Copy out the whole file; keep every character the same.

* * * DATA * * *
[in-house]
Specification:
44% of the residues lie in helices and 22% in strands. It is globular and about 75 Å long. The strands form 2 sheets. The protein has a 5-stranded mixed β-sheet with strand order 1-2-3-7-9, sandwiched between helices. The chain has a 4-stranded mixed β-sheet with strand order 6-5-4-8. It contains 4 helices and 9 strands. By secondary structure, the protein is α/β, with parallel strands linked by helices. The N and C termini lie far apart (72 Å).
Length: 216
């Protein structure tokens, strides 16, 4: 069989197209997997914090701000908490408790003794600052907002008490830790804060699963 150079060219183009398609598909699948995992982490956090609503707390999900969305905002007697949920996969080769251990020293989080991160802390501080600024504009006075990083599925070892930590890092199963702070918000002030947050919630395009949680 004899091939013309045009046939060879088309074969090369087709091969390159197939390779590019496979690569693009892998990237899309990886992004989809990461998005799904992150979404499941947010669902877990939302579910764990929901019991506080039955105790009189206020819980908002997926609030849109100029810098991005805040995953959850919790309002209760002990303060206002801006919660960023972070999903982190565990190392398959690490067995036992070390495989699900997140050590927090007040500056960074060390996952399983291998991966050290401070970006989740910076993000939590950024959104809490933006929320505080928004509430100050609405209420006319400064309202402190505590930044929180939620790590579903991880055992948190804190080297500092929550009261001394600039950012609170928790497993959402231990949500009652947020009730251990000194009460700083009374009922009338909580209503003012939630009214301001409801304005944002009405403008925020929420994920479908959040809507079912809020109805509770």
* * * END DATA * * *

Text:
[in-house]
Specification:
44% of the residues lie in helices and 22% in strands. It is globular and about 75 Å long. The strands form 2 sheets. The protein has a 5-stranded mixed β-sheet with strand order 1-2-3-7-9, sandwiched between helices. The chain has a 4-stranded mixed β-sheet with strand order 6-5-4-8. It contains 4 helices and 9 strands. By secondary structure, the protein is α/β, with parallel strands linked by helices. The N and C termini lie far apart (72 Å).
Length: 216
């Protein structure tokens, strides 16, 4: 069989197209997997914090701000908490408790003794600052907002008490830790804060699963 150079060219183009398609598909699948995992982490956090609503707390999900969305905002007697949920996969080769251990020293989080991160802390501080600024504009006075990083599925070892930590890092199963702070918000002030947050919630395009949680 004899091939013309045009046939060879088309074969090369087709091969390159197939390779590019496979690569693009892998990237899309990886992004989809990461998005799904992150979404499941947010669902877990939302579910764990929901019991506080039955105790009189206020819980908002997926609030849109100029810098991005805040995953959850919790309002209760002990303060206002801006919660960023972070999903982190565990190392398959690490067995036992070390495989699900997140050590927090007040500056960074060390996952399983291998991966050290401070970006989740910076993000939590950024959104809490933006929320505080928004509430100050609405209420006319400064309202402190505590930044929180939620790590579903991880055992948190804190080297500092929550009261001394600039950012609170928790497993959402231990949500009652947020009730251990000194009460700083009374009922009338909580209503003012939630009214301001409801304005944002009405403008925020929420994920479908959040809507079912809020109805509770």